Fantasy Football For Dummies.
Despite what you might think if you followed my picks last season, I'm not psychic.
I can't see the future.
I believe everything I'm writing, but that doesn't necessarily make it true.
Having said that, I'm pretty confident about what I'm about to write down, and I hope it helps you during this, the most unholy of off-seasons.
Now that the Disclaimer is out of the way...
Fantasy Football for Dummies.
In case this is your first time doing fantasy football, or perhaps you're just not very good, here are a few tips that every internet GM should know.
The Best Player Available.
When actual draft season rolls around, you'll hear a lot of NFL experts talking about teams selecting the best player available.
What does this mean?!
It means that the GMs and coaches look at the pool of unproven collegiate prospects and select the player that they think will help the team in the long run as opposed to drafting a player with less talent that fills a need.
That makes sense in the NFL because even a slight improvement can mean the difference between 10-6 and 6-10.
So the same logic applies for the draft, right?
Sure, if your league gives you a few picks after you've addressed your starters and backups, absolutely grab the best guy on the market.
However, most leagues don't, and the first couple of picks are absolutely crucial to determining your success.
Before I move on, let me just explain that while the first couple of picks can break your season, they will definitely not make your season.
A well rounded roster is the key to winning in fantasy football.
Having Aaron Rodgers is great, but if your runningbacks are Latavius Murray and Danny Woodhead, you better hope for breakout seasons.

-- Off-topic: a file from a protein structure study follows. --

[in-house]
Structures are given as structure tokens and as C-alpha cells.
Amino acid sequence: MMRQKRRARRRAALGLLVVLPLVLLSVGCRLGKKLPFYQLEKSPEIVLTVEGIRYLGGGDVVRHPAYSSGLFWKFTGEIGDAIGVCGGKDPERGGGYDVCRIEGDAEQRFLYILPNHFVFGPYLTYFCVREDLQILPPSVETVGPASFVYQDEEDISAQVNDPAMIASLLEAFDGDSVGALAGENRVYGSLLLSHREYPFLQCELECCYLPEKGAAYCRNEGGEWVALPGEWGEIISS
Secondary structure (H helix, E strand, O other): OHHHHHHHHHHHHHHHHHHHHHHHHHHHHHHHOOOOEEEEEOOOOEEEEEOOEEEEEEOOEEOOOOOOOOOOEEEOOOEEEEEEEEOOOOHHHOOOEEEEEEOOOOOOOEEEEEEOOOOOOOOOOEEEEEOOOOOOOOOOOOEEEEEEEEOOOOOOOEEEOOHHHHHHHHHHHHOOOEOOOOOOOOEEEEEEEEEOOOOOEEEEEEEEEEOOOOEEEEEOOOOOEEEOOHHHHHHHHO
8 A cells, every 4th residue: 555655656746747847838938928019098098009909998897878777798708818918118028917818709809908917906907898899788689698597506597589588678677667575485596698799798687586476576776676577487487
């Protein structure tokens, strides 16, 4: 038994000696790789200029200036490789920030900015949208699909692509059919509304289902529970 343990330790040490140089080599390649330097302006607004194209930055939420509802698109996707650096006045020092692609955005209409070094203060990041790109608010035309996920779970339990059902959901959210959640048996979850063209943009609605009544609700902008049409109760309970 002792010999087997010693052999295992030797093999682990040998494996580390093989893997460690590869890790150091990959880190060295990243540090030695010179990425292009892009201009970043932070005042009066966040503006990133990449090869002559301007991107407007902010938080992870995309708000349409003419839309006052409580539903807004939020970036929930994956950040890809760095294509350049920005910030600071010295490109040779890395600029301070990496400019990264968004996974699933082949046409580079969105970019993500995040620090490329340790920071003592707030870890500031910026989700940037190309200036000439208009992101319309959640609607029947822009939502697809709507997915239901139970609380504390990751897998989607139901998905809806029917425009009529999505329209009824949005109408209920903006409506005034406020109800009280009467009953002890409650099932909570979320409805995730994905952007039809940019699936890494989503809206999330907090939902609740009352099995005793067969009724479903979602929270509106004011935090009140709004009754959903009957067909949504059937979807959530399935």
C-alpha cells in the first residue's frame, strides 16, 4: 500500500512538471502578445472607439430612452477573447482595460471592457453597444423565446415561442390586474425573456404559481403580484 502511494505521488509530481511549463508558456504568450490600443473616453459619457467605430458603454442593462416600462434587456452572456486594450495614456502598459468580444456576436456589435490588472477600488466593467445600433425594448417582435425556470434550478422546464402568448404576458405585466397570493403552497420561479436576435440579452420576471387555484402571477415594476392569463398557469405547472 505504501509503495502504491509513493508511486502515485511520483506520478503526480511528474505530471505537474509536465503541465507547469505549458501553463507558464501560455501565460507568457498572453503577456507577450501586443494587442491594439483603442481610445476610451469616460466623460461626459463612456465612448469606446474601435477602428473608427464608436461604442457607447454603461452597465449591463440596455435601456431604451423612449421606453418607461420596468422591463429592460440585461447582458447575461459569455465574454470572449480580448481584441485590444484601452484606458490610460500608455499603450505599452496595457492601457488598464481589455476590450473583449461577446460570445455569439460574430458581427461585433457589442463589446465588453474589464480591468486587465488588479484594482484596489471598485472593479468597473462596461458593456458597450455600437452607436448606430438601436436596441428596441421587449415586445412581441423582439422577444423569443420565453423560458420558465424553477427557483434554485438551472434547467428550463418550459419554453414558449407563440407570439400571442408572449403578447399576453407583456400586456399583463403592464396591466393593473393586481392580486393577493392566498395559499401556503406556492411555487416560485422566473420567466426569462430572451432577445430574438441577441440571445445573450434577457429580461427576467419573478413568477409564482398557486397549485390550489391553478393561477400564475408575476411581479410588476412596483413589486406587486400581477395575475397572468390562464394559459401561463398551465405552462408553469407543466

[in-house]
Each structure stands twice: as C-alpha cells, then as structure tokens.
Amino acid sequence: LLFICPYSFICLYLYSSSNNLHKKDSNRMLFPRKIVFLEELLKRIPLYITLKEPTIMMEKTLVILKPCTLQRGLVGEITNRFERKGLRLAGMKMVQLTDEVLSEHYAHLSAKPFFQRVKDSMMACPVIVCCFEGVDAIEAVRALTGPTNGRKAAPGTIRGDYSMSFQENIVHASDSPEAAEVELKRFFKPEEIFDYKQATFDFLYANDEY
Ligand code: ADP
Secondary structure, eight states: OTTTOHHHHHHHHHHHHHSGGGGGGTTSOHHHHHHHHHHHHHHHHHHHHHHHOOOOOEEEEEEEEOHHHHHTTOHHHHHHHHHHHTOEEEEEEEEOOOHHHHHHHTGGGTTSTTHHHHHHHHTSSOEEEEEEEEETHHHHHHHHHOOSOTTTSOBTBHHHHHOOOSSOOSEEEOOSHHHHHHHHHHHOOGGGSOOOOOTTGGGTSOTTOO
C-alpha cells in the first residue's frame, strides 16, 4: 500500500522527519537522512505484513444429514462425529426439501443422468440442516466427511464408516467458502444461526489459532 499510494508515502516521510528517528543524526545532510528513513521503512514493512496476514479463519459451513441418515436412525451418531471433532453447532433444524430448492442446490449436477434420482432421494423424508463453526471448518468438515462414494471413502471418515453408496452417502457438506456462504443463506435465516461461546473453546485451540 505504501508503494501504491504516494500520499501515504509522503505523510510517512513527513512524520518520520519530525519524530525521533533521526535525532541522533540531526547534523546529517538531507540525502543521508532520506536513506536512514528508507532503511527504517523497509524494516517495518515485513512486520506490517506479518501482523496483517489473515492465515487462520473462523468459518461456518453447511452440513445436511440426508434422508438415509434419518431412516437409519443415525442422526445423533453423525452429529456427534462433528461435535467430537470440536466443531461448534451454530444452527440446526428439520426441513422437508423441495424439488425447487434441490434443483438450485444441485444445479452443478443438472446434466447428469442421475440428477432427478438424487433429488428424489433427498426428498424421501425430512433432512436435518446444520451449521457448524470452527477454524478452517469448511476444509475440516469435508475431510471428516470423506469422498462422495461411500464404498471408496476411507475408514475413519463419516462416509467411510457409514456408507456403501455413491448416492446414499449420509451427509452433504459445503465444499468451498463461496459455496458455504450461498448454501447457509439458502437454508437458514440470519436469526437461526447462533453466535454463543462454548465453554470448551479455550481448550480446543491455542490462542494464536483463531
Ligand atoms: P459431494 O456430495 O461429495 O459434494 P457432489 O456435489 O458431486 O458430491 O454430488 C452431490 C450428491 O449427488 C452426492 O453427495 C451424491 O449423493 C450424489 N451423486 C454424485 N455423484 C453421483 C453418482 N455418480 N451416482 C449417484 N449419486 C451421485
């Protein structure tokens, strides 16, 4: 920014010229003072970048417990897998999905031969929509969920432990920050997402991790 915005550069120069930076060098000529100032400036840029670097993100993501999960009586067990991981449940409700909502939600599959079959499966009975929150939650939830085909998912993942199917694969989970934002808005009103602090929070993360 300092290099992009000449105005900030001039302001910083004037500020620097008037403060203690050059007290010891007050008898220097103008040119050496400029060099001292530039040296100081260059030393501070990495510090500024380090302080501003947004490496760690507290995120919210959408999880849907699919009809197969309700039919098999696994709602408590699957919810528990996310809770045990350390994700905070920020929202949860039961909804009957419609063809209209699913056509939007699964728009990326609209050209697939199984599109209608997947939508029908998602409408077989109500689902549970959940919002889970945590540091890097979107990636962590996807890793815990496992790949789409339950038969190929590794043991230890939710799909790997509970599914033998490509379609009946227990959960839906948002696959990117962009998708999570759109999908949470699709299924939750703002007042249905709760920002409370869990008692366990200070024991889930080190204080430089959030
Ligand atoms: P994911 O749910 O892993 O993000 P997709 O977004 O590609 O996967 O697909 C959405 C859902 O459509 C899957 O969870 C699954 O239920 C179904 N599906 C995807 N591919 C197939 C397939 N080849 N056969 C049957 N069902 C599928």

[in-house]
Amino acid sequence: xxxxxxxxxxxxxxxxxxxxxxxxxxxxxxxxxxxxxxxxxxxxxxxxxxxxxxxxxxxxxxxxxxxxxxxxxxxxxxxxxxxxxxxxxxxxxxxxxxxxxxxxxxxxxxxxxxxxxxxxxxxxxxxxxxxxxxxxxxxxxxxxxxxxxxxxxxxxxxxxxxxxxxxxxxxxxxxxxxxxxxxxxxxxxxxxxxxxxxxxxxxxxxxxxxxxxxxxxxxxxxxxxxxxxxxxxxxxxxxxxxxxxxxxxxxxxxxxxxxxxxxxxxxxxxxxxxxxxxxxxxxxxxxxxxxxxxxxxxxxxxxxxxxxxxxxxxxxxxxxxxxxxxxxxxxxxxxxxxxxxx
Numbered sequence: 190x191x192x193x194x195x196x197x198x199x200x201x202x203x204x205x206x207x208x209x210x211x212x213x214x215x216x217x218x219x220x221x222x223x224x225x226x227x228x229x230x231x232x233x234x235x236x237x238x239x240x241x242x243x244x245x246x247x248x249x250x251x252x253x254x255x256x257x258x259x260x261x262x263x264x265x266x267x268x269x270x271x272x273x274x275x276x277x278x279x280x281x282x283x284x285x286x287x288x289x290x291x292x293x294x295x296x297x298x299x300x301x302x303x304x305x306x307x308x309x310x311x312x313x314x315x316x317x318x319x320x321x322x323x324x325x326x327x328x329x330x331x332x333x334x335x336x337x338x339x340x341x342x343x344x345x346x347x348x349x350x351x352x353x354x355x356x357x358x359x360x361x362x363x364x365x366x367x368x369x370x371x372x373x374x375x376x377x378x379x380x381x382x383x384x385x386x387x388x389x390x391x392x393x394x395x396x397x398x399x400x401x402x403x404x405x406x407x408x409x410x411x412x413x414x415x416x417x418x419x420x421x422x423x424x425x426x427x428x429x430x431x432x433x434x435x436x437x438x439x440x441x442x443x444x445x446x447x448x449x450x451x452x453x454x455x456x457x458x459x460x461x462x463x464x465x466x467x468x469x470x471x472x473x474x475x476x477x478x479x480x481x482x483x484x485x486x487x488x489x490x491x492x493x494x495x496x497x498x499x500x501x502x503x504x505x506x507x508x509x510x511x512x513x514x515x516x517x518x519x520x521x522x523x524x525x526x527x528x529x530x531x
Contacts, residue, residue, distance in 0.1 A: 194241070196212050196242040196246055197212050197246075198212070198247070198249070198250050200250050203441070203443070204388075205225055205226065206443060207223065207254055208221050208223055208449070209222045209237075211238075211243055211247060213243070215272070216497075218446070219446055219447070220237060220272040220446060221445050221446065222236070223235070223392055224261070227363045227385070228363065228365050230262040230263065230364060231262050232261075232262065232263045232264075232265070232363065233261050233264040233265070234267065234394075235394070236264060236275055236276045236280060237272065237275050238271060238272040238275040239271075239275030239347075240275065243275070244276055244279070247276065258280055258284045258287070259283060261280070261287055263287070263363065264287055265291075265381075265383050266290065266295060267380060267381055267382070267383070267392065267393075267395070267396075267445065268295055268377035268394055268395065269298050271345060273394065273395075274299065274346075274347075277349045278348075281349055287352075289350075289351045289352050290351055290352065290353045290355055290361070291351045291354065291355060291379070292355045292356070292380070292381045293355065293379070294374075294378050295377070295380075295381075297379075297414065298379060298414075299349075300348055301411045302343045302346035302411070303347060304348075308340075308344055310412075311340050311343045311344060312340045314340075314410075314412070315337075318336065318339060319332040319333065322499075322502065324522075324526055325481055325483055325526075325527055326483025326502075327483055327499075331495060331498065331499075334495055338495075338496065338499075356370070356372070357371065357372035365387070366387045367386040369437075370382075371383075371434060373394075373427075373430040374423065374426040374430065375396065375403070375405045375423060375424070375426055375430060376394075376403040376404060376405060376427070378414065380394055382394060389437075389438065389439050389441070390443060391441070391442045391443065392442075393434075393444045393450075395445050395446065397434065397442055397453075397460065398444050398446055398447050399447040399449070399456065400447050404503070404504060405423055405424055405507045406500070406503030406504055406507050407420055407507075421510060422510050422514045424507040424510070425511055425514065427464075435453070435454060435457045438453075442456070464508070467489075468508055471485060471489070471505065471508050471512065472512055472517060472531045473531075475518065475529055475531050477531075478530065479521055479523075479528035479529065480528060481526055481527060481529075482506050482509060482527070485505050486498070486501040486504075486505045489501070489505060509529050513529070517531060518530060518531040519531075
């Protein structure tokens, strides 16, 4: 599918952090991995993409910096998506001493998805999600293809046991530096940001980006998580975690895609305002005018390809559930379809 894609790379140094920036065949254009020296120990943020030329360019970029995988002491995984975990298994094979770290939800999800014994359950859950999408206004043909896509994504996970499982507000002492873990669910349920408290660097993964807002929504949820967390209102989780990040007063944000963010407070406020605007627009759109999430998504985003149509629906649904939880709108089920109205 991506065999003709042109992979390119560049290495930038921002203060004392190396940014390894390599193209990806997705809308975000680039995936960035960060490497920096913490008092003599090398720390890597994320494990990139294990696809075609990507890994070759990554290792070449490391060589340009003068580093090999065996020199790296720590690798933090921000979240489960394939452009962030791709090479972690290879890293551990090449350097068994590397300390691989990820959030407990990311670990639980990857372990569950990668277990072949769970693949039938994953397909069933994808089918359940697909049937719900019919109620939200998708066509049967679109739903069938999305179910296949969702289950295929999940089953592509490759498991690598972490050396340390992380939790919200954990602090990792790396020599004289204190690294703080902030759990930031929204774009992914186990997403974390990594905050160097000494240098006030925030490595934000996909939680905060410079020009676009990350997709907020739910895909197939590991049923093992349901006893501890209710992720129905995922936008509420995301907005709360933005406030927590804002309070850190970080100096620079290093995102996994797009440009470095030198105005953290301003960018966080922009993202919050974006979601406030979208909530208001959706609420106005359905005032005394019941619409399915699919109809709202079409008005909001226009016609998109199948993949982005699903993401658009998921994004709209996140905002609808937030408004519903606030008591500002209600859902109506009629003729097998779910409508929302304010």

A Convenient Truth.
What is the most important position in the NFL?
If you said anything other than quarterback, you're wrong.
The key to any dominant team in 2015 is having a competent signal caller.
That's why those guys get the mega-bucks, and why teams will overlook terrible things when selecting a QB (Looking at you, Tampa Bay).
So... Based on that logic, you should take a QB in the first round of a fantasy draft, right?
Because the NFL has become a quarterback's league, that means there are more good quarterbacks!
Once upon a time, it was a big deal if one quarterback passed for 4,000 yards. In 2014, 11 of the 32 starting quarterbacks hit that milestone, and of that 11, 8 threw for over 30 touchdowns!
Thirty touchdowns?! Incredible!
So what does this mean for fantasy?
It means stay the hell away from field generals in the first round.
Increased passing means reduced rushing, and there are only a couple of special runningbacks left! In 2014, only 13 backs went over 1,000 yards, and only 2 saw double digit touchdowns.
Fresh out of the oven!
I know, I know, you're also a fan of your real NFL team.
And I'm willing to bet they went out and got an exciting young player that's going to redefine your franchise forever!
Hey... since he's going to help my real team... maybe he can help my fantasy team too!
Pump the brakes, Mark.
Some rookies hit the ground running and take the league by storm.
See: Adrian Peterson or Odell Beckham Jr.
Some... do not.
See: Every offensive player my Raiders have taken since I was born.
I know you wanna draft that rookie, and for your sake, I hope he turns out great (Unless you're a Broncos fan), but in all likelihood, nobody else is going to draft him.
That's right. Don't waste a pick on a guy that might not even start right away.
There are some red flags that you have to take notice of as you move forward.